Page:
Bone Marrow Transplantation
What is bone marrow transplantation?
Bone marrow is the tissue responsible for the production of blood cells in our body. Blood has three types of cells; red blood cells that transport oxygen into organs and tissues, white blood cells that act in defense of the body against external factors, and platelets for clotting the blood. Cells responsible for the production of blood cells in the bone marrow are referred to as hematopoietic progenitor cells. In other words, the purpose of bone marrow transplantation is to transfer the stem cell, which is responsible for the production of other cells.
Bone marrow is not the only source of stem cells used for the bone marrow transplantation. The stem cells can also be derived from the blood and the umbilical cord.
When a disease develops in the bone marrow or when bone marrow is damaged, the body cannot produce healthy blood cell.
Bone marrow transplantation involves harvesting healthy stem cells from the person or tissue-matched healthy donor, processing the stem cells and infusing them to or back to the patient. The autologous bone marrow transplant uses the cells harvested from the patient. When the bone marrow is collected from another donor, the process is called allogeneic transplant.
Autologous bone marrow transplantation has some advantages. Since the patient's own cells are used, tissue compatibility is not a prerequisite. However, the patient must now have healthy bone marrow cells. In the autologous transplantation, the bone marrow of the patient is processed quickly and infused back without any delay. However, autologous bone marrow transplantation is also a part of the treatment for patients who will receive chemotherapy and/or radiotherapy in the future. The collected bone marrow cells are specially processed, frozen and stored for the future use. Since chemotherapy and/or radiotherapy damages the bone marrow, autologous transplantation is performed to replace the damaged marrow.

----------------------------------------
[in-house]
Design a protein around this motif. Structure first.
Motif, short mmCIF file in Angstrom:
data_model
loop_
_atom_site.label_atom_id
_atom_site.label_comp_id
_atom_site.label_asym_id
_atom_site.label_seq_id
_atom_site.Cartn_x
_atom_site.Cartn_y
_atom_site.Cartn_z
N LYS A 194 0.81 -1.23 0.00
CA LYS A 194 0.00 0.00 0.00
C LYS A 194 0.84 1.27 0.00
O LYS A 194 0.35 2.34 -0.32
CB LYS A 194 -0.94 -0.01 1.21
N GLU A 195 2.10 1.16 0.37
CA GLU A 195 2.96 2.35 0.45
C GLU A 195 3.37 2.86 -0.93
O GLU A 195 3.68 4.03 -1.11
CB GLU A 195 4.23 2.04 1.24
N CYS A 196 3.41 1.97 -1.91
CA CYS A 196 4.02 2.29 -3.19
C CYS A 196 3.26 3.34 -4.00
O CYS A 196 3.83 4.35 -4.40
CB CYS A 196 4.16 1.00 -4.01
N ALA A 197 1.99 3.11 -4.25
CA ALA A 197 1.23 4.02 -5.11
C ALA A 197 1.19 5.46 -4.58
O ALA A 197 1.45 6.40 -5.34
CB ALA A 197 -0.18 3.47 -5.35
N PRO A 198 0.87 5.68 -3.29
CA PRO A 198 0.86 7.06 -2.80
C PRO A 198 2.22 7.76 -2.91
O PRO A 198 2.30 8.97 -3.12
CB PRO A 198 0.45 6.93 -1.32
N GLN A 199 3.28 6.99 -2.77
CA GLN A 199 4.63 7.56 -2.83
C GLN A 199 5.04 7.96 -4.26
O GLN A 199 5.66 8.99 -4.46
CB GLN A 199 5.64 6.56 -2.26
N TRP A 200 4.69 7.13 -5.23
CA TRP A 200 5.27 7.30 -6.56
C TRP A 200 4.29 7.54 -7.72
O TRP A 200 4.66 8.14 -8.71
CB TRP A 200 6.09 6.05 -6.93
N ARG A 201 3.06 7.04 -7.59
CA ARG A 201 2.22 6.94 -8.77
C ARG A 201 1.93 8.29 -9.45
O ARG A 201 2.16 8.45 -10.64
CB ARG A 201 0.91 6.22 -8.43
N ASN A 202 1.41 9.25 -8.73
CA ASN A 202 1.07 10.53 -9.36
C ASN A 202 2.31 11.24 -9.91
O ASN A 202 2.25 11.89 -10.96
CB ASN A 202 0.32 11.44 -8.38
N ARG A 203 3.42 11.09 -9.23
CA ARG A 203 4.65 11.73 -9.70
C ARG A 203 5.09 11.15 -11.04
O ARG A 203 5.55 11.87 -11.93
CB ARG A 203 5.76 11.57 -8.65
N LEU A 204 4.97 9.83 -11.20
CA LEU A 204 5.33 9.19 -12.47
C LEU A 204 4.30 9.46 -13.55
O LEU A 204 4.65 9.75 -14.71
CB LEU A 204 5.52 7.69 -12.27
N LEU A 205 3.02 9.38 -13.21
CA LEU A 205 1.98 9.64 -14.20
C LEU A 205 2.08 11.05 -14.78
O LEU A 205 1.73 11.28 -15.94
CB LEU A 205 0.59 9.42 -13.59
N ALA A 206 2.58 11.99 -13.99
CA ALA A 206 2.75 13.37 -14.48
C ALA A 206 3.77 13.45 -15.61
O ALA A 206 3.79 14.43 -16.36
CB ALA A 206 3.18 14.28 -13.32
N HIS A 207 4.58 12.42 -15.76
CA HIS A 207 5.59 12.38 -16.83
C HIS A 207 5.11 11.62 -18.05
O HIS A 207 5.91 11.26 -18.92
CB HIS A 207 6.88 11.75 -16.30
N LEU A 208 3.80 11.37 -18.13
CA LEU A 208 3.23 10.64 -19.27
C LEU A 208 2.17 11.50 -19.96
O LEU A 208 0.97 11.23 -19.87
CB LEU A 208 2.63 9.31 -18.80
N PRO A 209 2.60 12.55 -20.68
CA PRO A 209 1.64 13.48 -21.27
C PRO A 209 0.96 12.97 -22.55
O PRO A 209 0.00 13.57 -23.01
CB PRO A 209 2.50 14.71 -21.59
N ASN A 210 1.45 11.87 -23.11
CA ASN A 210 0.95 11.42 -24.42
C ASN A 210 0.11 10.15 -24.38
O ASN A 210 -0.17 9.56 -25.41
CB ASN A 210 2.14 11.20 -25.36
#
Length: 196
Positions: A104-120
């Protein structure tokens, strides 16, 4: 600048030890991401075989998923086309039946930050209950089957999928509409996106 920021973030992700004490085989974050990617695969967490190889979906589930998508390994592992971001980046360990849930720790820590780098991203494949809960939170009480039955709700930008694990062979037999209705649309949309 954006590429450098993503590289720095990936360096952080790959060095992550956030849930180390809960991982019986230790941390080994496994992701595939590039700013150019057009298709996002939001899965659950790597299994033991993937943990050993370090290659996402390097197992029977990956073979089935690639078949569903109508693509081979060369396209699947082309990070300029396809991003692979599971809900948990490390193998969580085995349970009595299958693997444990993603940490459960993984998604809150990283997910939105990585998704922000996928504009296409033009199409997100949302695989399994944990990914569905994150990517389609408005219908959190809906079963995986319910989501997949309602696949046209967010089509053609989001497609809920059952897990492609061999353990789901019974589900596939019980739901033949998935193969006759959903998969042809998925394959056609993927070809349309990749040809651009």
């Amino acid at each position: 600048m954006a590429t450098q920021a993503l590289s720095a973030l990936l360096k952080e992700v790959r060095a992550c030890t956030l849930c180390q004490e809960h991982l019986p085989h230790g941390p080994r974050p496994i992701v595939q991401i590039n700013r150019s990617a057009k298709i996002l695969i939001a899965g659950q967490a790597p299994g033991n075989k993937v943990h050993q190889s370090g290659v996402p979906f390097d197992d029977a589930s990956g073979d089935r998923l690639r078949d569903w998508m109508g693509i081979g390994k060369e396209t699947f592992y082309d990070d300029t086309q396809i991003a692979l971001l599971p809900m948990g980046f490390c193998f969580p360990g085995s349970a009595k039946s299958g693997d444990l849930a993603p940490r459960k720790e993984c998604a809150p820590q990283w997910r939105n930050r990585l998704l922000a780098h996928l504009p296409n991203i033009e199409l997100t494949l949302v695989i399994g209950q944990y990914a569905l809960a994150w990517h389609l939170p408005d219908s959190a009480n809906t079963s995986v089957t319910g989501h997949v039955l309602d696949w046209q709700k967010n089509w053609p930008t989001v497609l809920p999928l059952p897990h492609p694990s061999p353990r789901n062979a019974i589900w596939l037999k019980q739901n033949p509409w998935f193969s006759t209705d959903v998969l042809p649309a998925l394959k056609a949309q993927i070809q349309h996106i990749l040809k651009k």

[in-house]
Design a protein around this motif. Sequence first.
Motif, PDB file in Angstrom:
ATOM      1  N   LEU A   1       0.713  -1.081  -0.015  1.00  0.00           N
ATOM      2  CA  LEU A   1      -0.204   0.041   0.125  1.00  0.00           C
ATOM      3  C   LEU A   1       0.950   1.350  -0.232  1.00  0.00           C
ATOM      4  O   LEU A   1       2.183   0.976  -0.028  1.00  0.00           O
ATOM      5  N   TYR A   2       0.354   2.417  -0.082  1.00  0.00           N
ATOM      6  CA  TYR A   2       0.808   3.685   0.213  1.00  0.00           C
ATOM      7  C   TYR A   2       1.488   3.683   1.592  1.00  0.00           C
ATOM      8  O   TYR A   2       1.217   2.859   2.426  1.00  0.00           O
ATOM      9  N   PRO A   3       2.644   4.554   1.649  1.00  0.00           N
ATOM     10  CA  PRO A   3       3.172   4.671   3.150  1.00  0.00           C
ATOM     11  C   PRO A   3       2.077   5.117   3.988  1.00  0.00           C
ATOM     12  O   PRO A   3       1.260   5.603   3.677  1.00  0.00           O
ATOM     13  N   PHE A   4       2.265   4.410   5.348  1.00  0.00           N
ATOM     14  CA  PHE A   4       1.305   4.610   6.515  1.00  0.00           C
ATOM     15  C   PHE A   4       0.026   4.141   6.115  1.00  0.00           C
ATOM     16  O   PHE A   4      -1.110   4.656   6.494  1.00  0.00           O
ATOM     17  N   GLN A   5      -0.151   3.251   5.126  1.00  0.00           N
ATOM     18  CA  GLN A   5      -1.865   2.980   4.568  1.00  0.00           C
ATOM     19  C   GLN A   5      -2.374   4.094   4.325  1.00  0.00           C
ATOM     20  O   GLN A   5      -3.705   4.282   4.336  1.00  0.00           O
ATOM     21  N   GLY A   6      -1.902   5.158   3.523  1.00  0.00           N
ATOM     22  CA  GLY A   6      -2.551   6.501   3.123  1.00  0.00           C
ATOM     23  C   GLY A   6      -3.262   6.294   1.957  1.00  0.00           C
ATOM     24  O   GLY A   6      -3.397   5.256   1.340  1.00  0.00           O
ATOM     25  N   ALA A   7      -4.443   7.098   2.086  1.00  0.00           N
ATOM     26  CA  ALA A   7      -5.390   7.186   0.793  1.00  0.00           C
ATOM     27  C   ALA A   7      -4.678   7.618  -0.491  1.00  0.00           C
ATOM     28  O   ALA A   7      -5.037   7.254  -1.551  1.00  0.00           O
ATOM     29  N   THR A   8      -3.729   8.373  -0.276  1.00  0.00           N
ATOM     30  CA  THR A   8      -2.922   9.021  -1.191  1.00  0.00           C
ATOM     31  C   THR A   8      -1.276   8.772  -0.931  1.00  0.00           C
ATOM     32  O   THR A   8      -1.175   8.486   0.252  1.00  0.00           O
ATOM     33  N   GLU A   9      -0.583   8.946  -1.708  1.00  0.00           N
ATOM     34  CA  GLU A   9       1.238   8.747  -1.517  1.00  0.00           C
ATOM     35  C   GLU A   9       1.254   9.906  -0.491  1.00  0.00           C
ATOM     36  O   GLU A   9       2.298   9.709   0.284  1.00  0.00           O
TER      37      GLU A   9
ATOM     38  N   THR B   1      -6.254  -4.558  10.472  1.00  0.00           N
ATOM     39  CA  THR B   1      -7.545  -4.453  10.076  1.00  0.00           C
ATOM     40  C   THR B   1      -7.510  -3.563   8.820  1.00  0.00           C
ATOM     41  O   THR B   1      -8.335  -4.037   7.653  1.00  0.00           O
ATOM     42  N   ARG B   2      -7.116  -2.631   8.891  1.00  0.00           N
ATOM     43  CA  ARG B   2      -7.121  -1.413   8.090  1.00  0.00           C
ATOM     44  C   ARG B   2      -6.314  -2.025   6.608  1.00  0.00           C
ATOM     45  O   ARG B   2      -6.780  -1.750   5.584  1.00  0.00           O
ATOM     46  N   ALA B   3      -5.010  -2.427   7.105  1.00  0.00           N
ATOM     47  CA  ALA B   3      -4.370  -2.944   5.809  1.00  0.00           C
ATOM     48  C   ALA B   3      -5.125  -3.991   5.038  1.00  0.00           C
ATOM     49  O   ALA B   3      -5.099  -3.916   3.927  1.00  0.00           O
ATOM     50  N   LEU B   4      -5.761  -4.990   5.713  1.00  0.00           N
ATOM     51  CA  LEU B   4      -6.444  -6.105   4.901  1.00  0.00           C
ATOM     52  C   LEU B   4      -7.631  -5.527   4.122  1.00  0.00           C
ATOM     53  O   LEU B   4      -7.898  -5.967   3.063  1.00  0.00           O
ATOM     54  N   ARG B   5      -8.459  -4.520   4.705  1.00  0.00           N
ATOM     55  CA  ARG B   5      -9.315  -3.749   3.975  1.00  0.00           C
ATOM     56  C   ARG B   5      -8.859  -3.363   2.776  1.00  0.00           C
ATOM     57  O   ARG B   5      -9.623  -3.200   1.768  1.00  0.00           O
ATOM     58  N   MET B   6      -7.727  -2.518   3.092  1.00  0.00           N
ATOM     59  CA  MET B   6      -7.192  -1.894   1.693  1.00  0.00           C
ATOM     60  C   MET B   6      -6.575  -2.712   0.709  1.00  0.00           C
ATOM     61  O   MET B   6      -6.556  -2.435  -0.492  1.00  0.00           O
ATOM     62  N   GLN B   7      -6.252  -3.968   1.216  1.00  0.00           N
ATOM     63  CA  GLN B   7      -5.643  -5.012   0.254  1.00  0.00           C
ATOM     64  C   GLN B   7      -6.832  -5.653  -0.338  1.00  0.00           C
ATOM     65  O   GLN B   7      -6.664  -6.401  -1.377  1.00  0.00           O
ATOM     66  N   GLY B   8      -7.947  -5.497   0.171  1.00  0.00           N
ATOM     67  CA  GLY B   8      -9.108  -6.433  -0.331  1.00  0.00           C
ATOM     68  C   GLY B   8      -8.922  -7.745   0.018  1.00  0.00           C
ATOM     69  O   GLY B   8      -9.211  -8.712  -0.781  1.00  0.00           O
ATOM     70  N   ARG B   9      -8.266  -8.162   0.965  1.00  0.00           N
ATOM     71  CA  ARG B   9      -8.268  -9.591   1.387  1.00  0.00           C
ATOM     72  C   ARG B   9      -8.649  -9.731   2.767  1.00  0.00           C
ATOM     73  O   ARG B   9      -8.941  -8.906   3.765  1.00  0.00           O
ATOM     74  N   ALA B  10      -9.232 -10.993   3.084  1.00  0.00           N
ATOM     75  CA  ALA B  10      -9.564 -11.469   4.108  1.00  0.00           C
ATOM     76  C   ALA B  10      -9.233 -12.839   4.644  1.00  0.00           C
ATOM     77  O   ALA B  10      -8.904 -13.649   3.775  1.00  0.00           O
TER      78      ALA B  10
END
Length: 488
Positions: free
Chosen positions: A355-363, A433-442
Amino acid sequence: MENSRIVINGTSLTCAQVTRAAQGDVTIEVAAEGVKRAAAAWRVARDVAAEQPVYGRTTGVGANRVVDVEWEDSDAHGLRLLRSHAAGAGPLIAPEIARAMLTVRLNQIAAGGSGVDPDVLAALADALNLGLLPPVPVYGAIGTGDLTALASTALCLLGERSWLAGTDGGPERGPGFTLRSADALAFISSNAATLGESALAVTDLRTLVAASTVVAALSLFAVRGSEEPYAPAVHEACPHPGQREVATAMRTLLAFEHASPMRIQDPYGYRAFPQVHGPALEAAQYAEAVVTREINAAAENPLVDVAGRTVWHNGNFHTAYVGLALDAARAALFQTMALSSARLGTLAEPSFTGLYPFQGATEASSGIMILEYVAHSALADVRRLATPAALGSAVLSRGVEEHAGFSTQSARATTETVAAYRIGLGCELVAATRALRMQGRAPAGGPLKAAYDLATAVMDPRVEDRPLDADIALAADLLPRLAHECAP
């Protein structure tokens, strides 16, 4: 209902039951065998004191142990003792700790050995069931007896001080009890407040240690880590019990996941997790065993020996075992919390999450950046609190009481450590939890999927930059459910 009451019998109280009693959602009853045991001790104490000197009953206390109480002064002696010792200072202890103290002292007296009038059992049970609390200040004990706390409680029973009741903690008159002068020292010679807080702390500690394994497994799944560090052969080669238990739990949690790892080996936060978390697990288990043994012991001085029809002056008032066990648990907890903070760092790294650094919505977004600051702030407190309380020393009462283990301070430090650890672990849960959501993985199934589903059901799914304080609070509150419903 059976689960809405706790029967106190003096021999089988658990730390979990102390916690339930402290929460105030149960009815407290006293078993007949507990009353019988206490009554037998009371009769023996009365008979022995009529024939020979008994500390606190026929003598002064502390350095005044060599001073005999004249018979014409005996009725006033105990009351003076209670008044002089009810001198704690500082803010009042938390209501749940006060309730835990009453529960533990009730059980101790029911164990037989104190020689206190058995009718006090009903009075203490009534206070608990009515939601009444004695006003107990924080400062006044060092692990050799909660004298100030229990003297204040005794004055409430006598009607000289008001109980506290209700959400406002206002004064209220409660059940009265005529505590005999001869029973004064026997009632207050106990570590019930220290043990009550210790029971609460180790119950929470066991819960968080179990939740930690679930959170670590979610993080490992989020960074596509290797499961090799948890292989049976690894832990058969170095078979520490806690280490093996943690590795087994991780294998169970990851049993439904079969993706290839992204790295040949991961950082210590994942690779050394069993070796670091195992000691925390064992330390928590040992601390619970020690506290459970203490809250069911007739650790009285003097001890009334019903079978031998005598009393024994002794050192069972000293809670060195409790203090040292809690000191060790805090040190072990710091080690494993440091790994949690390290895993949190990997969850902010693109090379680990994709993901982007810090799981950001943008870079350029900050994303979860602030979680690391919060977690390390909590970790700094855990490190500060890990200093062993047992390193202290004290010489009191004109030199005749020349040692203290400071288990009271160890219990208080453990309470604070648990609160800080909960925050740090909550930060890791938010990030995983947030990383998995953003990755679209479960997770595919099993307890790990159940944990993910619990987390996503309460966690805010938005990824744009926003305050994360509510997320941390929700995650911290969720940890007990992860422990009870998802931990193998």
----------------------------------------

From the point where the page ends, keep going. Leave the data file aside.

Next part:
In allogeneic transplantation, bone marrow, taken from the tissue-compatible healthy donor, is used. This donor may be either your relative or any other foreign person. Irrespective of donor (whether related or not), the tissue compatibility is the prerequisite of the allogeneic transplantation.
Why is this procedure done?
Bone marrow transplantation can be done to ensure healthy and adequate blood cell production, because the patient's bone marrow cannot properly produce blood cells.
Bone marrow transplantation is also an option for congenital blood diseases. Abnormal or inadequate functioning of the bone marrow may result in insufficient production of blood cells, or the abnormal cells may not function properly.
Bone marrow transplantation is the only treatment option for blood cancer (leukemia) and lymph cancer (lymphoma) that are unresponsive to other treatments or develop after the treatment.
Finally, if cancer develops in other organs and tissues of the body, the patient will require treatments that damage the bone marrow, such as chemotherapy and radiotherapy. After such treatments are completed, bone marrow/stem cell is transplanted to sustain proper production of blood cells.
Bone marrow transplantation helps below listed diseases:
- Multiple Myeloma
- Aplastic Anemia
- Hodgkin lymphoma.
- Non-Hodgkin Lymphoma
Following a series of comprehensive evaluations and examinations, your doctor will decide whether bone marrow transplant is the treatment of choice for your condition or not.
Almost all diseases treated with bone marrow transplant are life-threatening diseases. For this reason, bone marrow transplantation can lead to very serious complications. In autologous bone marrow transplantation, the risk of such complications is very low, as patient's own bone marrow and/or stem cells are transplanted. Since the likelihood of these complications depends on a number of factors, very comprehensive assessments are needed to determine the complications that may be present and to take the necessary precautions and you often need to be examined by doctors rather than the doctor who treats your illness.
The complications associated with bone marrow transplantation are listed below:
- Reaction against the bone marrow graft (Graft versus Host Disease)
- Failure of the bone marrow or the stem cell to function in the recipient
- Side effects of chemotherapy given during the preparation phase before the bone marrow transplantation (diarrhea, vomiting, nausea, fever, mouth sores, serious infections, etc.)
Although all possible measures that modern medicine allows are taken to prevent occurrence of risks, it is no means possible to warrant that the risks will be completely eliminated.